The focus setting I mentioned above is for a Fujifilm X digital lens. For a manual, focus-only lens, such as a third-party X mount lens (from TTArtisan for example), the focus can be set on the lens itself making it even easier to zone focus. This is the way I prefer and perhaps this also comes from my familiarity with shooting film on the street. The zones are clearly marked and easy to change if you do want to switch up your focus plane.
With these settings fixed, all I need to do to take a photo is press the shutter. Sometimes I frame the composition with my eye or screen first but after becoming familiar with the field of view of the lenses I use, often I don’t need to look to know what the frame will be. This makes for the quickest street shooting. No fiddling with settings, just shooting!
Size does matter
Beyond the buttons and settings, the general size of the X-E4 makes it a great street companion. With the XF27mmF2.8 Fujifilm lens attached, it’s one of the lightest setups in the X line-up aside from fixed-lens cameras like the X100 series. You hardly feel it!
This is beneficial for a couple of reasons. For one, the street won’t easily notice it in your hands or hanging from your neck. It’s non-threatening. The difference between having an X-E4 pointed in your direction versus a Nikon D6 is huge. I even had the pleasure of having such an experience in town one day. A photographer was pointing his very large Nikon DSLR directly at people moving in his direction without smiling, including me, and it felt intrusive and alarming. It caused me to reflect on the experience of being photographed by a street photographer and how it must feel to many people who are unfamiliar with the practice. Some will mind, others won’t.
The X-E4 looks more like a tourist camera and tourists are harmless most of the time. They are usually more interested in taking pictures of the sights rather than you. So, if you look like a tourist and appear to be photographing like a tourist, then people won’t be as bothered. Of course, this is a harder way to photograph. It’s easier to get a good photograph when the photographer is obvious about taking a photo of a person. To make it look like you haven’t taken the photo but you have, that’s tricky.
A lot of people are familiar with the phrase “Don’t judge a book by its cover.” However, our survival instincts lead us to do just this. It’s very hard not to form an impression of something at first glance in our brains. This is our body’s way of protecting us. If we see something that looks like a threat, our body responds. If we see something that appears harmless, we relax. Our survival instincts assess and conclude, friend or foe. On the street, in public, we do this every day. Visuals and body language cues are huge. Perceptions are formed in an instant and different calculations and responses are made depending on what you look like, how you act and of course, if you have a large camera or a small one.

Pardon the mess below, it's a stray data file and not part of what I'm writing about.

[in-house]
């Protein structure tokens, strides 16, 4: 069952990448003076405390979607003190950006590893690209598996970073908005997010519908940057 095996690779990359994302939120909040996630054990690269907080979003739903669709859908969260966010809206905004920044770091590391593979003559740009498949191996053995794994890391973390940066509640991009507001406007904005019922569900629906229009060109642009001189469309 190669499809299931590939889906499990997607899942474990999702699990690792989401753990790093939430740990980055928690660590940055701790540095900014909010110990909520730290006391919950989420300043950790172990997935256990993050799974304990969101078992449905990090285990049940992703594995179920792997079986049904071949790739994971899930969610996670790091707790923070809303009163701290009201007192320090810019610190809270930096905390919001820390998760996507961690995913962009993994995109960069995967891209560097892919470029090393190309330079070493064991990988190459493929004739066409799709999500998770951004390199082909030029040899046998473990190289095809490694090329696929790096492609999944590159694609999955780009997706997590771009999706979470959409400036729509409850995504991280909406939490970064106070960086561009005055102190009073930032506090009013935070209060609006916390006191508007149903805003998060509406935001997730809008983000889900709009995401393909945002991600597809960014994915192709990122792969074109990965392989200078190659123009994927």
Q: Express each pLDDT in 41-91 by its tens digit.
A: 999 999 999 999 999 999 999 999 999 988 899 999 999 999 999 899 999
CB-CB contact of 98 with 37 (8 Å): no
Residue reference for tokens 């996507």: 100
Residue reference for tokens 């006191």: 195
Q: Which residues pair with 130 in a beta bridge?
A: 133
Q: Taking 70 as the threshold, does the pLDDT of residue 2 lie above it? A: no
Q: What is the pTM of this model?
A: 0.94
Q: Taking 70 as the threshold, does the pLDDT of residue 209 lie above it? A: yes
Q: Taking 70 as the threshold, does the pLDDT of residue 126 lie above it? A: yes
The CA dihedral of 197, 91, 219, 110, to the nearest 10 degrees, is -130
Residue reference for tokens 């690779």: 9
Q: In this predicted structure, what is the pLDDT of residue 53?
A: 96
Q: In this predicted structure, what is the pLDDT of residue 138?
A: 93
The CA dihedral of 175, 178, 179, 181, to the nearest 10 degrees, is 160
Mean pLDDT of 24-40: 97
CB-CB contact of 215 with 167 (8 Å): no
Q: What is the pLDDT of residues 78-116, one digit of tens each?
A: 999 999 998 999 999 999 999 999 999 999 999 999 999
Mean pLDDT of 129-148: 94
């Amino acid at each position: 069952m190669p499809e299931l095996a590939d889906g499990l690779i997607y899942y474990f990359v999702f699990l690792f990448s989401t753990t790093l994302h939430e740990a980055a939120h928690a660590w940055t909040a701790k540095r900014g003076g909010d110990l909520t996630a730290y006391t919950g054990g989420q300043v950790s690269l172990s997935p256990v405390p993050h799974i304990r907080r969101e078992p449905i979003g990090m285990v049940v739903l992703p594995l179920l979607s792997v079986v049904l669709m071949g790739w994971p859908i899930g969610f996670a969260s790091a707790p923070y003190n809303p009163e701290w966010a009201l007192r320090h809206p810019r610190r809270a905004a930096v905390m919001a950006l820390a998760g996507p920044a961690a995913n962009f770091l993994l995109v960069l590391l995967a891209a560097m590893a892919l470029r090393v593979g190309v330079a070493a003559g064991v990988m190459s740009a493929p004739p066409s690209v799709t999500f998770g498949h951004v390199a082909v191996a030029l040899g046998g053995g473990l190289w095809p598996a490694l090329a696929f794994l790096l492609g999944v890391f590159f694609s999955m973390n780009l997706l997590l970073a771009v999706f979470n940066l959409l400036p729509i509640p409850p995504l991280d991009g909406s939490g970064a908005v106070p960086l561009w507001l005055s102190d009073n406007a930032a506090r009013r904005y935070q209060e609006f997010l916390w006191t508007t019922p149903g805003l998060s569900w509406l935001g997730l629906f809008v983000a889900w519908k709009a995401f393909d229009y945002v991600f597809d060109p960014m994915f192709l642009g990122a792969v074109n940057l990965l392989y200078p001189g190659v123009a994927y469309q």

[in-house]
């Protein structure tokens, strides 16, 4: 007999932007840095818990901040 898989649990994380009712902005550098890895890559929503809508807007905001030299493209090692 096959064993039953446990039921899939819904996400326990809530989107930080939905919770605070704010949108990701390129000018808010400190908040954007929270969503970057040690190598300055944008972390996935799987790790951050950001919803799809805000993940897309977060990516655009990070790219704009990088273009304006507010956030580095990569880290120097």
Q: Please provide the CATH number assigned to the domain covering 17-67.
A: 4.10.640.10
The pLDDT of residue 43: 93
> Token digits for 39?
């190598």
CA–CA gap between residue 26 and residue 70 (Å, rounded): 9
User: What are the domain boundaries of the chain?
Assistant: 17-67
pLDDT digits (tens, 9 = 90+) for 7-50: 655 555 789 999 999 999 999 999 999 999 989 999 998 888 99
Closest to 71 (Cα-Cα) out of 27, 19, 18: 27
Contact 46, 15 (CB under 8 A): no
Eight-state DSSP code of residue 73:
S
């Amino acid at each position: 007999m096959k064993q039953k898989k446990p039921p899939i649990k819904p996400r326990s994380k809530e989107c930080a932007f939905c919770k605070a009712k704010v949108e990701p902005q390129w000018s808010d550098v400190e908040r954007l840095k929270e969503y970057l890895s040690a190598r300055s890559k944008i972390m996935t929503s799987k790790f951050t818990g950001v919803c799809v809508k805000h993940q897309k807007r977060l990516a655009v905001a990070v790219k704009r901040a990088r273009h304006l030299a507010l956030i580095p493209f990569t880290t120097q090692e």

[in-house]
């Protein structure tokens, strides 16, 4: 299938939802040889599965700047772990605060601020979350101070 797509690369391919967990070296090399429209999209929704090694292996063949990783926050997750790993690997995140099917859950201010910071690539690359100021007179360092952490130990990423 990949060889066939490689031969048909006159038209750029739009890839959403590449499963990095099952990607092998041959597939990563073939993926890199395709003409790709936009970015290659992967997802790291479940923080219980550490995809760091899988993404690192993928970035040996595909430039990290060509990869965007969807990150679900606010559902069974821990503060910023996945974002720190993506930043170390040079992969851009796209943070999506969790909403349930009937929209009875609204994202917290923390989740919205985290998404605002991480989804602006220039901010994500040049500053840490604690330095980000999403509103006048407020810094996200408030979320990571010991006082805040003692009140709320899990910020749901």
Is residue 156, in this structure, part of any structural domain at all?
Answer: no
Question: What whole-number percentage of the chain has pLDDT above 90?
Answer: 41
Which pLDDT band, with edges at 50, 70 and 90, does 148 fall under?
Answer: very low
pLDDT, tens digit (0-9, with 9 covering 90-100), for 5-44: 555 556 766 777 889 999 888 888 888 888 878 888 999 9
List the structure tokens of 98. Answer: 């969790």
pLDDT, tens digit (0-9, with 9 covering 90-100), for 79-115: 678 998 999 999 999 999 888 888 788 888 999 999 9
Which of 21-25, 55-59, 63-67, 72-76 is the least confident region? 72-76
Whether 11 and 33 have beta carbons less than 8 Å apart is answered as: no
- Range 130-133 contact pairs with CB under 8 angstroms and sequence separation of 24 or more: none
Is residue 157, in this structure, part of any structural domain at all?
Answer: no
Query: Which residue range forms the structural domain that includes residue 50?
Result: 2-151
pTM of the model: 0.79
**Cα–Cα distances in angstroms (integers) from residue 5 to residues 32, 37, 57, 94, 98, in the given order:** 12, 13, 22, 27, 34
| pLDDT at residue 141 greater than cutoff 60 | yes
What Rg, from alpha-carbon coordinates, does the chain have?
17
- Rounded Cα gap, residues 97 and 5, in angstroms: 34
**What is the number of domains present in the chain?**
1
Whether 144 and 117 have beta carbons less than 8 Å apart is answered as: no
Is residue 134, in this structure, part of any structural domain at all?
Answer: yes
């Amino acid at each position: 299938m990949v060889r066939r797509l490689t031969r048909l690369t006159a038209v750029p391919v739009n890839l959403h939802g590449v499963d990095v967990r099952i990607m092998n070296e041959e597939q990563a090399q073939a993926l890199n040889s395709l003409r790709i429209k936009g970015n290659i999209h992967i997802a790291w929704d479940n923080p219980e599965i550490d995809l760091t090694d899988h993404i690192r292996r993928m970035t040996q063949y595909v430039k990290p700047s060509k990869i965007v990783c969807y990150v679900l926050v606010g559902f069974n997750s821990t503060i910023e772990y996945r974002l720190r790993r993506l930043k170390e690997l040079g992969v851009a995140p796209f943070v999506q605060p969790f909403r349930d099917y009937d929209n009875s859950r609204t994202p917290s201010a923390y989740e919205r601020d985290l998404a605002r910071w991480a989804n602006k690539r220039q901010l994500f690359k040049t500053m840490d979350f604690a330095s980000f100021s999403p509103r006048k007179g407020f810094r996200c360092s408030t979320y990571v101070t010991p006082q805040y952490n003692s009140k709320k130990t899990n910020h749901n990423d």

A small camera not only has its benefits in the way it’s perceived by others but also by how it’s seen by the photographer. A camera that’s light and easy to carry is more fluid to move around with. The agility of a small camera may increase the photographer’s confidence to capture those fast-disappearing moments. It also means less strain on the neck and back for long days. It’s nothing to lift to the eye and naturally becomes an extension of the body.
The X-E4 is more likely to make it into my day-to-day bag or continuously find itself around my neck on a regular basis. This means there’s more opportunity for photos. Something heavier might find itself on the shelf, desk or drawer often. Going back to perceptions and brain science, the fewer barriers to doing something, the more likely we will do it. The X-E4 makes it easy to decide to bring it along everywhere.
Getting out of the way
The best creative tools aid but do not hinder. They get out of the way, fading into the background as your focus turns completely to the task at hand, creating. This has been my experience with the X-E4 for street photography. There is little about the camera that would hinder the process, the flow state that street photographers often find themselves in during a long walk. It’s clear that the concept of minimalism drove the design of the camera. For my purposes and practice, it serves well. I would even say I could do with two fewer buttons!